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Burne-Jones at Tate Britain - Helen's journal and online home
In which an old dog attempts to learn new tricks.
heleninwales
heleninwales
Burne-Jones at Tate Britain
(I'm doing account of the London trip out of order because I happen to have processed these photos first.)

Today (Thursday, which was Day 3) was Go in Different Directions and Do Your Own Thing day. I had bought a ticket to the Burne-Jones exhibition at Tate Britain, G had planned to do a long walk along the Regents Canal.

After yesterday’s glorious blue skies, the weather had turned grey, dismal and wet. As we waited in the shelter on the platform at Kew Bridge station, it dawned on me that the e-ticket for the exhibition, which had not arrived as promised, might actually have arrived and be lurking in the Spam folder. Once on the train, I discovered that was indeed the case, so I saved myself from an embarrassing encounter with the ticket checker who would no doubt have suggested that very possibility.

Unfortunately, when the train reached Barnes it could go no further due to a fatality on the line at Mortlake. No further details were forthcoming, but after waiting for a while, we were told that the train would be stuck for ages as they had to turn the power off on the whole section to extricate the body from under the train.

We followed the other passengers as they abandoned the train and headed up to the road where we caught a very crowded bus to Putney Bridge and thence onto the Tube where we parted company, me to take the District line to Victoria and G to take the District line’s other branch to the north.

The walk from Victoria to the Tate Britain on Millbank took around 25 minutes, which left me time to get a spicy chicken wrap and a cup of tea in the Tate’s cafe before making my way to the exhibition I had come to see.

I know it’s fashionable to be dismissive of Pre-Raphaelites and the review on Radio 4’s arts programme had been a bit sniffy about the faces all looking a little samey, but the faces aren’t the point of Burne-Jones’ pictures and I was very impressed. It took a while to see everything and then I wandered around a few of the free galleries before walking back along the Thames to Waterloo and thence by train back to the apartment.

King Cophetua and the Beggar Maid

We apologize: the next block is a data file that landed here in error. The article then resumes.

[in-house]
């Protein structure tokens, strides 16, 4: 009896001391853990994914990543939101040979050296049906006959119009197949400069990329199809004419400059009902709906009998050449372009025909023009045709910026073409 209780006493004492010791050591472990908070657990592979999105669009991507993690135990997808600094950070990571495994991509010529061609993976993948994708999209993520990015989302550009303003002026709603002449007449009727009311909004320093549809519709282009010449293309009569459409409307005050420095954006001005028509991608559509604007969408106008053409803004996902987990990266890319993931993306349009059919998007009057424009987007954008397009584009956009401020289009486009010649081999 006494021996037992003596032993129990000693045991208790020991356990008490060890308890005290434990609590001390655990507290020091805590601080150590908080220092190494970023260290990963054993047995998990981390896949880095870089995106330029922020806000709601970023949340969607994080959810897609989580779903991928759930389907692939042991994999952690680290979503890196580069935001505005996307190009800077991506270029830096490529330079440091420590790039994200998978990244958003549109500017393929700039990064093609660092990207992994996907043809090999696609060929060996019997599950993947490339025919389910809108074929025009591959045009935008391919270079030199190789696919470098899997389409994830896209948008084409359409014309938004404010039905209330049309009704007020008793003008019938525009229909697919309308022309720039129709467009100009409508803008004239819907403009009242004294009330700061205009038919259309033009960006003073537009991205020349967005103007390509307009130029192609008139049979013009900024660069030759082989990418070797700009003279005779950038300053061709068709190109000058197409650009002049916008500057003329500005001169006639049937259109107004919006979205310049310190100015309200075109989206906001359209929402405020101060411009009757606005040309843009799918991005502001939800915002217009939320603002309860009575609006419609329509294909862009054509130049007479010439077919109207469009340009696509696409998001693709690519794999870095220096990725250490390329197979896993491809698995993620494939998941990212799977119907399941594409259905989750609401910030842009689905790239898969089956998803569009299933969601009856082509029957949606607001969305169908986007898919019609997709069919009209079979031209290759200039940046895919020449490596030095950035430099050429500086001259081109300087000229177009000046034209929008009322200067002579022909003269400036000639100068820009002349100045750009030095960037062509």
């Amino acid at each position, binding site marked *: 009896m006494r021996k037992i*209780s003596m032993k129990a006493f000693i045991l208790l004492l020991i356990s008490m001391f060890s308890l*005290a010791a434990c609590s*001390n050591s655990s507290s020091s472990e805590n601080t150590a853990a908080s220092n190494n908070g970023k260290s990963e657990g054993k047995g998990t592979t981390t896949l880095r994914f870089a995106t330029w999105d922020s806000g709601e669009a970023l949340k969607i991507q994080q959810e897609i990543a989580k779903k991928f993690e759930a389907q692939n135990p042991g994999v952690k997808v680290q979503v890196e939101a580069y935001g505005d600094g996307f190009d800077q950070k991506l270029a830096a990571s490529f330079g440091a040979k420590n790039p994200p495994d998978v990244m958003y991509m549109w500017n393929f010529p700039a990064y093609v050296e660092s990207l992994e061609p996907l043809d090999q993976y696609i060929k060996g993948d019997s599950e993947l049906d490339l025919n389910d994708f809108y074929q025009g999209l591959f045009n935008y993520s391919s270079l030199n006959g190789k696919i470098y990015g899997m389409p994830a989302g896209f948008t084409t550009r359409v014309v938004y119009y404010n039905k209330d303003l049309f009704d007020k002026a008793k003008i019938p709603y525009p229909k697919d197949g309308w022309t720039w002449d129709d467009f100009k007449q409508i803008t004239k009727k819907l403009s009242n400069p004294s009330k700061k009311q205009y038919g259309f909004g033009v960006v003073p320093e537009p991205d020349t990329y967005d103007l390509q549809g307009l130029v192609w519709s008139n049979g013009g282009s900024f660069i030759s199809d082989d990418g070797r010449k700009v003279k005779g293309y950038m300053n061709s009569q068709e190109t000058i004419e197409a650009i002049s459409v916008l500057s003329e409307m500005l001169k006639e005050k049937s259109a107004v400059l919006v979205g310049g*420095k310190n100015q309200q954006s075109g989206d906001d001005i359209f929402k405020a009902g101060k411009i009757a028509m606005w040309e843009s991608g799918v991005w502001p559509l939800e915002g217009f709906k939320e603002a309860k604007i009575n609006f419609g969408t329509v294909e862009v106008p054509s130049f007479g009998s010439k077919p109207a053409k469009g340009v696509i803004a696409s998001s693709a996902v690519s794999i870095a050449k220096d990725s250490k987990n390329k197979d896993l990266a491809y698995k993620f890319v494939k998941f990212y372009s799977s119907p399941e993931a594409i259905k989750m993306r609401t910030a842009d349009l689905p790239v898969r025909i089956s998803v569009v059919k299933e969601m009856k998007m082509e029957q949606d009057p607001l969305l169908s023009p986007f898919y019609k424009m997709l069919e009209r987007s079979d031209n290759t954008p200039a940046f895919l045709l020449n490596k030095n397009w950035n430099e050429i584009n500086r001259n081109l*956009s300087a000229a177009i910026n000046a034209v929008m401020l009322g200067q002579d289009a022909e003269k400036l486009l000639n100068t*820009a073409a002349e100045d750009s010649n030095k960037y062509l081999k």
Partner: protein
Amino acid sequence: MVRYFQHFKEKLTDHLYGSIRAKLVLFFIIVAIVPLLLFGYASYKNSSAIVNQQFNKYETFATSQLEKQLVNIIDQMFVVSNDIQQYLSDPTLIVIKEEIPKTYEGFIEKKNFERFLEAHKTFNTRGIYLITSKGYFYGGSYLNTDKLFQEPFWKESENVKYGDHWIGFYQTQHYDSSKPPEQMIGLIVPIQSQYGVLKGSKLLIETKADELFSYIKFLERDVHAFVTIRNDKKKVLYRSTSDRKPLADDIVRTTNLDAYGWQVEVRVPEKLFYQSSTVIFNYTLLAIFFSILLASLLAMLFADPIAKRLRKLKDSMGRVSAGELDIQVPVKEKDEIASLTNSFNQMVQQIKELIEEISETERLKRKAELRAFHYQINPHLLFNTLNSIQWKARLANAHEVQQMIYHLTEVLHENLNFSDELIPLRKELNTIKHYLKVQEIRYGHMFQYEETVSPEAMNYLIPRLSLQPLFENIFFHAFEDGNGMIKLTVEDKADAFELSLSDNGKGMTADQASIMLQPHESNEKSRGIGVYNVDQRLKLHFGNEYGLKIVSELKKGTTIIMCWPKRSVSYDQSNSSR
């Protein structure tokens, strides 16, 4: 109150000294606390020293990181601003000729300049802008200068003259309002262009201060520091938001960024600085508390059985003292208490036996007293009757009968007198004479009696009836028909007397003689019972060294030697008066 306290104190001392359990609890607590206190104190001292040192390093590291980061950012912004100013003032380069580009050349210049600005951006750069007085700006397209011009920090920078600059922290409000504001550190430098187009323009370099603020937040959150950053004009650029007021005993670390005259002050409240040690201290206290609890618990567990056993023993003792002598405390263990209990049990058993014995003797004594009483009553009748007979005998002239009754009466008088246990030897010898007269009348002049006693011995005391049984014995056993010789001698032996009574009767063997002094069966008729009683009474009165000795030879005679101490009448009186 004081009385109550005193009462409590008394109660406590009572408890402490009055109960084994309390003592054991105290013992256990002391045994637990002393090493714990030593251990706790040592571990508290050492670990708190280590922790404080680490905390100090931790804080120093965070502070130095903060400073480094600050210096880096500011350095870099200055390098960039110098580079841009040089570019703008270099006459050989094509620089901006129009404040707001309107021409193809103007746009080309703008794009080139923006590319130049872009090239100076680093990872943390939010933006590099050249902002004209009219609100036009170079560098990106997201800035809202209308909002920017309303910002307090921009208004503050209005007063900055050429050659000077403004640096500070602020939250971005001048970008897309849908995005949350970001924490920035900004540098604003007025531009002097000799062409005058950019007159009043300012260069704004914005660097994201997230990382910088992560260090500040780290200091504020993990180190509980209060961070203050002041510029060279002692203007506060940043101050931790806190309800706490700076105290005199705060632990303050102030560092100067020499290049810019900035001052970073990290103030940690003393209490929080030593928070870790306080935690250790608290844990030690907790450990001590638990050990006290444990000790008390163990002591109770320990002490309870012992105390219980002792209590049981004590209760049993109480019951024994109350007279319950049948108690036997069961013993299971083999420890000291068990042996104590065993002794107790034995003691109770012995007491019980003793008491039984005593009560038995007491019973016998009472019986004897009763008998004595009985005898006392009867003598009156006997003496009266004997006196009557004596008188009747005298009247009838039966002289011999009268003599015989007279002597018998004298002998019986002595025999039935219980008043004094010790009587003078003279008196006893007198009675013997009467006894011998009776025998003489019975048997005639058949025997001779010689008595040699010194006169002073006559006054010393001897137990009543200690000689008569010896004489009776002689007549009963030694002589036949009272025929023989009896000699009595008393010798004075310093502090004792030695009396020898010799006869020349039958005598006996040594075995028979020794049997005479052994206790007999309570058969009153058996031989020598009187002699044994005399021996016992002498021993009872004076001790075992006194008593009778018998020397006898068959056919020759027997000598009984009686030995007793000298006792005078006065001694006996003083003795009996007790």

King Cophetua and the Beggar Maid is one of the paintings that we studied on the OU Arts Foundation course A102 with its Victorian theme. It turned out to be far bigger than I expected from the reproduction in the course book.



Lustful mermaid

I think this poor chap is doomed, a victim of this lustful mermaid.

Unhand me wench!

Burne-Jones had done a number of paintings on this and similar themes.

Admiring the art

Admiring the art while resting the feet.

Current Mood: busy busy

4 comments or Leave a comment
Comments
sartorias From: sartorias Date: November 5th, 2018 06:29 pm (UTC) (Link)
The faces mighty be samey but I love the lines and color in Burne-Jones.
heleninwales From: heleninwales Date: November 7th, 2018 05:16 pm (UTC) (Link)
Your so right about the colour and lines. His compositions work so well.
puddleshark From: puddleshark Date: November 6th, 2018 07:26 am (UTC) (Link)
I love the small crowd framing King Cophetua and the Beggar Maid...

I like Burne-Jones. There, I've admitted it. His stained glass is often breathtaking.
heleninwales From: heleninwales Date: November 7th, 2018 05:15 pm (UTC) (Link)
Thanks. It was very crowded in the first room as the exhibition only opened about a week ago and is obviously popular, but as I moved through the rooms, the crowd thinned a bit.

They had some examples of the stained glass and the colours were so rich and vibrant. I also love his line and his colours in the paintings. There was a particular peacock blue that occurred several times and it was just wonderful.
4 comments or Leave a comment